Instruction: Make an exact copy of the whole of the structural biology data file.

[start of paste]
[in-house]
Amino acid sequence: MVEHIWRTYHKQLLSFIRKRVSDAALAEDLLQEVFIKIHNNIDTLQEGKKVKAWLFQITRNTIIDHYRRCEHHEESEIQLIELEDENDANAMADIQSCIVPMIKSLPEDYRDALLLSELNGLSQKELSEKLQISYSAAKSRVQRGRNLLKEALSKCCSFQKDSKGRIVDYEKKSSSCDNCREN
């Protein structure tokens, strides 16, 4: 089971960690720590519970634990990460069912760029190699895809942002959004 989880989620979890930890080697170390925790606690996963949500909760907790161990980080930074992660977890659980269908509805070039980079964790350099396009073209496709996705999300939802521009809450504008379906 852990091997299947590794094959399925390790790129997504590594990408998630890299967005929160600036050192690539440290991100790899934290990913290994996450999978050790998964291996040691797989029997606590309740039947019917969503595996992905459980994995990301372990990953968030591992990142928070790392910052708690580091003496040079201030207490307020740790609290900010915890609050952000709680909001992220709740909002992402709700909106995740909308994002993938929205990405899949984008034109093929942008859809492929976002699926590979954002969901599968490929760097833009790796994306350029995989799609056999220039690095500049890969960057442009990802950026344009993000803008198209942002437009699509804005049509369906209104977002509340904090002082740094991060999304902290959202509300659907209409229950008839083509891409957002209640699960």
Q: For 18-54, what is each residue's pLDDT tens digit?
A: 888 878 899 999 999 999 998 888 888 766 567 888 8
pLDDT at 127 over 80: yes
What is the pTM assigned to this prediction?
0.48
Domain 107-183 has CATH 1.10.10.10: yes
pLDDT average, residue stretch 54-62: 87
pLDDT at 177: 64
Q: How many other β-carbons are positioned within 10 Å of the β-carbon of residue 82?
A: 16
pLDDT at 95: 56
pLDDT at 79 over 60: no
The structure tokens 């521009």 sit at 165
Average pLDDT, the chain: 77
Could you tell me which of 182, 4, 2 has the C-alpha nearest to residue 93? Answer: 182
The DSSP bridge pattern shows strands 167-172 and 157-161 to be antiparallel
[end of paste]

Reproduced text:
[in-house]
Amino acid sequence: MVEHIWRTYHKQLLSFIRKRVSDAALAEDLLQEVFIKIHNNIDTLQEGKKVKAWLFQITRNTIIDHYRRCEHHEESEIQLIELEDENDANAMADIQSCIVPMIKSLPEDYRDALLLSELNGLSQKELSEKLQISYSAAKSRVQRGRNLLKEALSKCCSFQKDSKGRIVDYEKKSSSCDNCREN
């Protein structure tokens, strides 16, 4: 089971960690720590519970634990990460069912760029190699895809942002959004 989880989620979890930890080697170390925790606690996963949500909760907790161990980080930074992660977890659980269908509805070039980079964790350099396009073209496709996705999300939802521009809450504008379906 852990091997299947590794094959399925390790790129997504590594990408998630890299967005929160600036050192690539440290991100790899934290990913290994996450999978050790998964291996040691797989029997606590309740039947019917969503595996992905459980994995990301372990990953968030591992990142928070790392910052708690580091003496040079201030207490307020740790609290900010915890609050952000709680909001992220709740909002992402709700909106995740909308994002993938929205990405899949984008034109093929942008859809492929976002699926590979954002969901599968490929760097833009790796994306350029995989799609056999220039690095500049890969960057442009990802950026344009993000803008198209942002437009699509804005049509369906209104977002509340904090002082740094991060999304902290959202509300659907209409229950008839083509891409957002209640699960």
Q: For 18-54, what is each residue's pLDDT tens digit?
A: 888 878 899 999 999 999 998 888 888 766 567 888 8
pLDDT at 127 over 80: yes
What is the pTM assigned to this prediction?
0.48
Domain 107-183 has CATH 1.10.10.10: yes
pLDDT average, residue stretch 54-62: 87
pLDDT at 177: 64
Q: How many other β-carbons are positioned within 10 Å of the β-carbon of residue 82?
A: 16
pLDDT at 95: 56
pLDDT at 79 over 60: no
The structure tokens 């521009």 sit at 165
Average pLDDT, the chain: 77
Could you tell me which of 182, 4, 2 has the C-alpha nearest to residue 93? Answer: 182
The DSSP bridge pattern shows strands 167-172 and 157-161 to be antiparallel